Liked by 1 person

    • Hello Mary! Thank you so much for writing to me. Yes I remember you. I finally finished two more quilts at the very end of graduate school, one for my parents (that pattern for which I bought from Keepsake quilting and one for my sister called Yellow Brick Road I now want to make us a wedding quilt but I haven’t decided exactly which style. I haven’t had a chance to venture to the quilting shop in our town yet but I did find one. I have heard that fabric is very expensive here, so I might purchase it when I’m back in the states for a visit. Please send Emily my love and congratulations on her great choices and success! Also, please keep in touch.
      lots of love
      Laurie

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  2. Hello Laurie!

    My best friend and I have been planning an adventure in Europe since February. I spent a semester living in rural Gaming, Austria during my university years, five years ago now, and fell in love with the Germanic culture; however, my friend Brian didn’t get a chance to study abroad. This is our chance to break away from our responsible lives to be backpackers, living off of providence for a little over two weeks. Brian stumbled across your blog after becoming interested in the beer kellers of Forcheim and he passed it on to me. First off, very beautiful blog. I loved one of your most recent posts about the coming of autumn. The idea of getting a full taste of one season and being ready for the next is something I have appreciated this year as well. I am from Vermont where the seasons and landscape remind me a lot of Austria and Bavaria.

    To the point though. Brian and I are going to be training into Forcheim from Copenhagen, arriving Saturday the 14th and spending two days there. I was wondering if you would have any recommendations or advice for some fellow Americans looking to get a good taste of this beautiful area? You wrote that there are some beer kellers open through the cold months, do you have a favorite? Are there any hostels or places you would recommend staying? Perhaps you would even like to meet up for a stein to practice your English. We are very excited to explore Forcheim and it is very nice to learn a bit about it from your blog. Thank you!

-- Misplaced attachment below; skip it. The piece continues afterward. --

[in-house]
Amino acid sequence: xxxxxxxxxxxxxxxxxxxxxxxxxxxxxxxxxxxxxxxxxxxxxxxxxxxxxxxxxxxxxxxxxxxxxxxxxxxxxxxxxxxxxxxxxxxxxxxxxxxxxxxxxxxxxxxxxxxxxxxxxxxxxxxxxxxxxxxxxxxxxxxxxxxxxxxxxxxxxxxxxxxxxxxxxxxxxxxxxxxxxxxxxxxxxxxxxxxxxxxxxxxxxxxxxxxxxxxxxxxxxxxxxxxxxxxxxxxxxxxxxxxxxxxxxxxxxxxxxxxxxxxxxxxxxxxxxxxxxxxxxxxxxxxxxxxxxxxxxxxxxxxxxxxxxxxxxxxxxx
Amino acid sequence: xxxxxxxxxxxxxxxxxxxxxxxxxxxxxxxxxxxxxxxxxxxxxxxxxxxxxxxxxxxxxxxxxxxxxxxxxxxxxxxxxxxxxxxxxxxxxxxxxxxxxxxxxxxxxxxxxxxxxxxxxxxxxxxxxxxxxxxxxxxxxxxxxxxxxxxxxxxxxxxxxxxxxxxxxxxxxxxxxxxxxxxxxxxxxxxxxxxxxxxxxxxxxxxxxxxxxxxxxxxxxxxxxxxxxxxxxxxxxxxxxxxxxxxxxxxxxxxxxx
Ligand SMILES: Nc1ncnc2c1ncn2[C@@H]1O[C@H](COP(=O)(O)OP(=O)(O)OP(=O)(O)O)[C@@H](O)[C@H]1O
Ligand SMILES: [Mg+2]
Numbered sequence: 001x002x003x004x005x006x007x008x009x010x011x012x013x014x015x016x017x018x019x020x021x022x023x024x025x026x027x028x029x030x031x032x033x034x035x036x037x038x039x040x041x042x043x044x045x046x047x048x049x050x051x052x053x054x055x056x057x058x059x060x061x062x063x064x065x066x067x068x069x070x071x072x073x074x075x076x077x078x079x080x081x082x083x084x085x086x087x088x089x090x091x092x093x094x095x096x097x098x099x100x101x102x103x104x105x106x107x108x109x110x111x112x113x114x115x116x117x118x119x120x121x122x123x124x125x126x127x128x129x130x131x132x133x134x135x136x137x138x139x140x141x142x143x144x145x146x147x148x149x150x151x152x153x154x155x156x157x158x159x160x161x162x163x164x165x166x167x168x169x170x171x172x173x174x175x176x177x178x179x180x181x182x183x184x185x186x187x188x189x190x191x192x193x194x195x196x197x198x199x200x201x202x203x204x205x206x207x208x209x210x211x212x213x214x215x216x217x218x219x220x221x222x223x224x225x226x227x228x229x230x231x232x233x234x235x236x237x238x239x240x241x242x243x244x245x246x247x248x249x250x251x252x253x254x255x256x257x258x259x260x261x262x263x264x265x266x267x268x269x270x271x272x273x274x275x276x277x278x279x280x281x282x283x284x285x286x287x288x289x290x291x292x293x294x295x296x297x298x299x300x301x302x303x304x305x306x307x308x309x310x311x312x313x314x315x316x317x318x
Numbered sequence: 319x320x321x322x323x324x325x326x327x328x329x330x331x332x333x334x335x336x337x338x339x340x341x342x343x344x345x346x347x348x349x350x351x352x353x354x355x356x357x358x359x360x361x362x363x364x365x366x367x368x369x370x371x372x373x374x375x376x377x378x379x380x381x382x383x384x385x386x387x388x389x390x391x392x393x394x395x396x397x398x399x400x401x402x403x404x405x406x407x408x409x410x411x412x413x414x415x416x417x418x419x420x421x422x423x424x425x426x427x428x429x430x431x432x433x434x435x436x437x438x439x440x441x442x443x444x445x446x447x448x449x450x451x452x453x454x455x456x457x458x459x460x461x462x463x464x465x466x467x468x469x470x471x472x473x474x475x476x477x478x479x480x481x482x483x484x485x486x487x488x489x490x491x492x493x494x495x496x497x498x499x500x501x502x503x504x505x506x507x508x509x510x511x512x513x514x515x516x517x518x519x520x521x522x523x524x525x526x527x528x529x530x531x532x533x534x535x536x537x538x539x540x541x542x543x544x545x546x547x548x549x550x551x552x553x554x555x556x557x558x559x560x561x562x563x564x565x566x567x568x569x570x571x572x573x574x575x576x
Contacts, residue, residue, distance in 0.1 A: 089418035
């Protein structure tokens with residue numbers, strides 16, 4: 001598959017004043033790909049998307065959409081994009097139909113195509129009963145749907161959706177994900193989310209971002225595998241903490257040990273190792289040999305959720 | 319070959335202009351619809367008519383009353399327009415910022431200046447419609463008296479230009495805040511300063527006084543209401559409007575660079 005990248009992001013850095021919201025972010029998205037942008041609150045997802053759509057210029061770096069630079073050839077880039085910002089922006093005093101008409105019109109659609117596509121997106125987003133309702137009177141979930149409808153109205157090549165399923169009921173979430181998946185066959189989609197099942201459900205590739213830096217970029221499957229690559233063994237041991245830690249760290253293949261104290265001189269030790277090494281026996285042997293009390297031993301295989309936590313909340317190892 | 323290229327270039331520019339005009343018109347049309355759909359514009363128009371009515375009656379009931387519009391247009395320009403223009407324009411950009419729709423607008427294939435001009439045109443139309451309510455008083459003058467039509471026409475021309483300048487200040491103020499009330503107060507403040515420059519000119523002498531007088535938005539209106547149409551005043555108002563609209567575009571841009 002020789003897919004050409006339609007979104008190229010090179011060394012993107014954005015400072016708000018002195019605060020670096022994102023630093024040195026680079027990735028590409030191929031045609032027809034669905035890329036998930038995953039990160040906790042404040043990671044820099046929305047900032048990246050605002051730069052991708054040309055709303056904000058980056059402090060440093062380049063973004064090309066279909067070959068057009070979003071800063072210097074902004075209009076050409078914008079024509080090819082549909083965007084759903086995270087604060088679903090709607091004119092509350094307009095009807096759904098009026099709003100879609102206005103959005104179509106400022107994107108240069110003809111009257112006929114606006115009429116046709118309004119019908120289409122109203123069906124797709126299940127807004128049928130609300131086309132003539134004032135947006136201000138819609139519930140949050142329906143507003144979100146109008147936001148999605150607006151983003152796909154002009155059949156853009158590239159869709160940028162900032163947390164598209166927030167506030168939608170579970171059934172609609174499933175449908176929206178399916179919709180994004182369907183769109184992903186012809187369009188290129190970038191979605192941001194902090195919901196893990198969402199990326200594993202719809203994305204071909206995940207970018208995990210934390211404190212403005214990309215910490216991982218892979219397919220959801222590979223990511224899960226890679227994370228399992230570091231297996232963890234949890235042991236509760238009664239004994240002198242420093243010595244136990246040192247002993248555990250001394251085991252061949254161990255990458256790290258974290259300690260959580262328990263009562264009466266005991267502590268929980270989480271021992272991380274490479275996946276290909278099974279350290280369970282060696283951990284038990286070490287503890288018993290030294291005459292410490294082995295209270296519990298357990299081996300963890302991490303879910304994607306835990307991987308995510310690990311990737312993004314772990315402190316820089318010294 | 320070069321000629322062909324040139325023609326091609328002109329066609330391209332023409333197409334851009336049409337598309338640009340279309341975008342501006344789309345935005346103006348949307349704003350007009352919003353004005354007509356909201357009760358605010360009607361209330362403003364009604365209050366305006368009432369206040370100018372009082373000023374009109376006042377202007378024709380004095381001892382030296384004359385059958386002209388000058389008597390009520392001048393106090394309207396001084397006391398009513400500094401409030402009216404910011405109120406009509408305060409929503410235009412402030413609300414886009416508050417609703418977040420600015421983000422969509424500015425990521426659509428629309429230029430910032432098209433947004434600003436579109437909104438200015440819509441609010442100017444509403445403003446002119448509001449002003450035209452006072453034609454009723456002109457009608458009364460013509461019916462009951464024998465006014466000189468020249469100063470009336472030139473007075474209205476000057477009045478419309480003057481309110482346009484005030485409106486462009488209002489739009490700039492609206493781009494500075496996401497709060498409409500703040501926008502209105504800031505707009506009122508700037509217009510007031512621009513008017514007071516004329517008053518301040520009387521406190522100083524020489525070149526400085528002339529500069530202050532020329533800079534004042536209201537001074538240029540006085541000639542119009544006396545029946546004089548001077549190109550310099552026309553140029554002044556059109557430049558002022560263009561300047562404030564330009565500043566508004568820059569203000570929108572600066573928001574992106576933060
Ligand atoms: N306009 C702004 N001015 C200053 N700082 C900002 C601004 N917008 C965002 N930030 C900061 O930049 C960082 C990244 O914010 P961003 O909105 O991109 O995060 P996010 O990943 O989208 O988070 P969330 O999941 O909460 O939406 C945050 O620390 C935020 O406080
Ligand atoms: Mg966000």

Warm regards,
    Evan

    Liked by 1 person

  3. Hello Evan! Thank you for your wonderful message. Yes! I highly recommend the Glocken Keller. It is my favorite for lots of reasons: it’s warm and cozy and the Franconian food is really good. It is in the Forchheim Keller Wald and is open all year round. The inside part is small though and so it’s not always easy to get a table. If you want to go in the evening I recommend going earlier around 5 or so. It opens around 11am every day ( except monday or tuesday ( I forget which one) So you could probably go there for lunch too. There are one or two other kellers in the Keller wald that are also open in the winter months, I can’t remember their names but you can explore and find them very easily. I don’t have any good recommendations for hostels, although there is one associated with a church nearby called Don Bosco http://www.donbosco-forchheim.de/ It’s very likely that we could meet up, please email me at lauriesfranconia@gmail.com

    Cheers!!
    Laurie